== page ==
They'll try to get back to the drugs and, we've also found, it's very
difficult to get them work that is not labor intensive and offers
little pay. They find it difficult, after getting used to a lot of easy
money so to speak—even though they are exploited—to come back earning
maybe 100 rupees a day.
What we have realized is that the
younger ones who have been rescued, they are very happy to be back.
They're relieved. They want to be educated. They want to start
independent enterprises. But the girls who have been there a very long
time: They find it very hard to adjust.
Right now, in 2007, what would you say must be changed politically, in
order for women's issues to be more successfully addressed?
I think the first thing is we have to be at peace. The culture of
violence has been existing in our country for the last ten years. It's
very detrimental to positive change. You cannot do many positive things
when everything around you is violence, extortion—so that's a
precondition. Then, the visibility of women has to increase. That's why
women are talking about being elected, entering the political
mainstream, becoming representatives. That's one thing. But the other
thing is that it's not only women who can change society. Men also have
to be party to it. Sensitizing men to the issues of women—not only
because women want to improve—but because, there's proof all over the
world that, wherever women are repressed—and there chances for
improvement and development are not that good—the country doesn't
progress. So if we can sell that to the men, the atmosphere will be
more conducive. Even for women who represent, it's not just enough to
be a woman saying, "OK, I'm a representative." She should also know
what the issues of women are. We've seen this problem in Southeast
Asia. We've had a lot of women leaders, but what did they do for women?
So it has to be a woman who understands women and the men should also
participate in it. You can't clap with just one hand.
you need legal change. Again, that's linked to politics. What kind of
legislation do you have for women in your country, which puts them on
par with men? A lot of our legislation is dictated by tradition, like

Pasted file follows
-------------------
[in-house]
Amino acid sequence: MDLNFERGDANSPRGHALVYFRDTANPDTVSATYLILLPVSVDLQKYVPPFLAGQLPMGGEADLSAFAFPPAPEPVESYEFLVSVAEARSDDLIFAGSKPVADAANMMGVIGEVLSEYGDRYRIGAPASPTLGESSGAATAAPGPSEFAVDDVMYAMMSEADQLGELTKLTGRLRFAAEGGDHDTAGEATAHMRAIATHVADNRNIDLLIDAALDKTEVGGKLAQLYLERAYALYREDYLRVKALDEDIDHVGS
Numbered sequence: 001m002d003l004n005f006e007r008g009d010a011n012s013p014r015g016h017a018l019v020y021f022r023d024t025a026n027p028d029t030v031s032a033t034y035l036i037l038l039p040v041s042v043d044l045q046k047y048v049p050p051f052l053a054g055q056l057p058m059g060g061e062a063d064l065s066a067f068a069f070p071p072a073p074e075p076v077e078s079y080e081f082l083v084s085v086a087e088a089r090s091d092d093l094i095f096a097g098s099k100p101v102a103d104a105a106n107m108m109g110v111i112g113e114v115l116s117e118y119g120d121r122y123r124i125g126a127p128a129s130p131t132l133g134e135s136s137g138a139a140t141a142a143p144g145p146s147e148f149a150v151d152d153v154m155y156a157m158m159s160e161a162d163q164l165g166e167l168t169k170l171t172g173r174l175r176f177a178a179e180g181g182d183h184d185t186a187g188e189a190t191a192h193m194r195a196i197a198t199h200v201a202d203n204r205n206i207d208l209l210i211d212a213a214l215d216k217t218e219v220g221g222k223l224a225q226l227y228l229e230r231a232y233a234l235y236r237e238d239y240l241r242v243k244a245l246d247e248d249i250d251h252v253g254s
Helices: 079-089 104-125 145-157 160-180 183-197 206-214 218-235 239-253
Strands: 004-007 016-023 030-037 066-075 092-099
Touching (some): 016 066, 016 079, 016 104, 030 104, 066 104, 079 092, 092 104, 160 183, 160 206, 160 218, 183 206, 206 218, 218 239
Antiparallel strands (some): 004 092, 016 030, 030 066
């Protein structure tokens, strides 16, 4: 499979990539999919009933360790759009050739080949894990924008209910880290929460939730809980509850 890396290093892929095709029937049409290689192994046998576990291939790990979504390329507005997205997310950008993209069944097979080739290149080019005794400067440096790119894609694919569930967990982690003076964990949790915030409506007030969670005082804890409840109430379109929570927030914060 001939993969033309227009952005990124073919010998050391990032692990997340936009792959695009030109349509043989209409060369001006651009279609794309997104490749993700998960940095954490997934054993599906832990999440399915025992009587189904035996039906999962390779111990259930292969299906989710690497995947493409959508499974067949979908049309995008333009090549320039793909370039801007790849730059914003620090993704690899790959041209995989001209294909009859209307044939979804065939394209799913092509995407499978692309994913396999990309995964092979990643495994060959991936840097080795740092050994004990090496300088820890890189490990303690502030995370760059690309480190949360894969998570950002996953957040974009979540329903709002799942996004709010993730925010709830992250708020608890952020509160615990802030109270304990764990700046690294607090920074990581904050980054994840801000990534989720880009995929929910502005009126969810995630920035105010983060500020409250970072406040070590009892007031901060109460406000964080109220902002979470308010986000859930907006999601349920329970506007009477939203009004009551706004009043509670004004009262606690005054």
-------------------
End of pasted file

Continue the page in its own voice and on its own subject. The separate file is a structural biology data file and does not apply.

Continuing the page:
everywhere else in the world. It always tries to put women one step
lower than men. So changing legislation, having representation, but
that also in not enough. You must have women who are aware of their
rights. I would still say that the bottom line is education—because
without education—none of these things are going to change. And if it
changes, it's only for a small handful of people. So universal access
to education and a real understanding for the need to change for
women—these would be two basic things that I also think should happen.
RLCC Comment: It is such a fallen state of affairs when sex trafficking occurs anywhere. What is wrong with men that they put the temporary so-called satisfaction of their lust above the welfare of even children. It's evil. Only selfishness allows it.
Men must search their souls and come to realize the great selfish harm they are doing to these other human beings. They must put themselves in the place of these others to feel their pain, suffering, confusion, frustration, and degradation, etc., to come to know that the Golden Rule is the only right path.
Such men using such women and girls are just not understanding that they are doing to others exactly what they ought not want anyone to do to them (the males). It is great harm. It is bringing forth more Hell on Earth. It is opening up the gates to more and more evil outcomes.
There is cause and effect. There are consequences. We can choose a different path. We can change our emotional roots. That's the beauty of God's creation. We are not spiritually stuck. We can rise. We can overcome by turning to righteousness and then not backsliding. However, if we do stumble, we can get back up. We must, or be doomed forever. We must get back up as humanity also.